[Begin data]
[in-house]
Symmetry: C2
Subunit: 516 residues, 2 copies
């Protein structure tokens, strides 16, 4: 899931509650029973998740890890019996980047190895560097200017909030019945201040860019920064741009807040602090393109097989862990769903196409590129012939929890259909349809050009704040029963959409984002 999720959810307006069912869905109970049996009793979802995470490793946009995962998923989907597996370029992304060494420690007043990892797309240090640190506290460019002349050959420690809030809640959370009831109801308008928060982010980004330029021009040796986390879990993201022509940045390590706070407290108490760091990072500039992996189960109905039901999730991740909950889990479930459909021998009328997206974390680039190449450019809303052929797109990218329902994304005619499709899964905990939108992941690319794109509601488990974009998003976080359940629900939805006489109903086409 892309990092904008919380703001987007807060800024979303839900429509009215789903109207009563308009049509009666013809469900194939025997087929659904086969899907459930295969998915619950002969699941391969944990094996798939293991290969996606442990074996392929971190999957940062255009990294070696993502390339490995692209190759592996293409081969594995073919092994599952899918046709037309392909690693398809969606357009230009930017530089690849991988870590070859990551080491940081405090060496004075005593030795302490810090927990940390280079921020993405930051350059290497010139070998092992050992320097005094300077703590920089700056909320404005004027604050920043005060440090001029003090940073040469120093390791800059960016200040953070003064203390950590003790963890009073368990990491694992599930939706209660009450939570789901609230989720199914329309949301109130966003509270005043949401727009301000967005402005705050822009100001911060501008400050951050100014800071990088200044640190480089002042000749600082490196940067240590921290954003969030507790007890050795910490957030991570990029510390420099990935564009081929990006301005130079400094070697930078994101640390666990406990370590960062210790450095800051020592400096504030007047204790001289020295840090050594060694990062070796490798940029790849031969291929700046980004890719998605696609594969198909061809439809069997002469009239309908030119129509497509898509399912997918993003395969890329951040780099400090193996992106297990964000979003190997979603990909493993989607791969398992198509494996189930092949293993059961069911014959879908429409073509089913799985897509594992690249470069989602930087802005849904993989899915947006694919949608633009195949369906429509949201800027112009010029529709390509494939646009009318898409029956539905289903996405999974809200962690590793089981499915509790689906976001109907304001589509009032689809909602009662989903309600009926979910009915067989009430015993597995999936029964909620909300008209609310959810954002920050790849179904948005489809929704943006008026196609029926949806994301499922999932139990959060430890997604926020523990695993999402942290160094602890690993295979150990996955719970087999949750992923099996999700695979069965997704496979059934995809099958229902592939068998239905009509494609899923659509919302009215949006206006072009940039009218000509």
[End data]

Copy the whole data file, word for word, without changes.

[in-house]
Symmetry: C2
Subunit: 516 residues, 2 copies
């Protein structure tokens, strides 16, 4: 899931509650029973998740890890019996980047190895560097200017909030019945201040860019920064741009807040602090393109097989862990769903196409590129012939929890259909349809050009704040029963959409984002 999720959810307006069912869905109970049996009793979802995470490793946009995962998923989907597996370029992304060494420690007043990892797309240090640190506290460019002349050959420690809030809640959370009831109801308008928060982010980004330029021009040796986390879990993201022509940045390590706070407290108490760091990072500039992996189960109905039901999730991740909950889990479930459909021998009328997206974390680039190449450019809303052929797109990218329902994304005619499709899964905990939108992941690319794109509601488990974009998003976080359940629900939805006489109903086409 892309990092904008919380703001987007807060800024979303839900429509009215789903109207009563308009049509009666013809469900194939025997087929659904086969899907459930295969998915619950002969699941391969944990094996798939293991290969996606442990074996392929971190999957940062255009990294070696993502390339490995692209190759592996293409081969594995073919092994599952899918046709037309392909690693398809969606357009230009930017530089690849991988870590070859990551080491940081405090060496004075005593030795302490810090927990940390280079921020993405930051350059290497010139070998092992050992320097005094300077703590920089700056909320404005004027604050920043005060440090001029003090940073040469120093390791800059960016200040953070003064203390950590003790963890009073368990990491694992599930939706209660009450939570789901609230989720199914329309949301109130966003509270005043949401727009301000967005402005705050822009100001911060501008400050951050100014800071990088200044640190480089002042000749600082490196940067240590921290954003969030507790007890050795910490957030991570990029510390420099990935564009081929990006301005130079400094070697930078994101640390666990406990370590960062210790450095800051020592400096504030007047204790001289020295840090050594060694990062070796490798940029790849031969291929700046980004890719998605696609594969198909061809439809069997002469009239309908030119129509497509898509399912997918993003395969890329951040780099400090193996992106297990964000979003190997979603990909493993989607791969398992198509494996189930092949293993059961069911014959879908429409073509089913799985897509594992690249470069989602930087802005849904993989899915947006694919949608633009195949369906429509949201800027112009010029529709390509494939646009009318898409029956539905289903996405999974809200962690590793089981499915509790689906976001109907304001589509009032689809909602009662989903309600009926979910009915067989009430015993597995999936029964909620909300008209609310959810954002920050790849179904948005489809929704943006008026196609029926949806994301499922999932139990959060430890997604926020523990695993999402942290160094602890690993295979150990996955719970087999949750992923099996999700695979069965997704496979059934995809099958229902592939068998239905009509494609899923659509919302009215949006206006072009940039009218000509």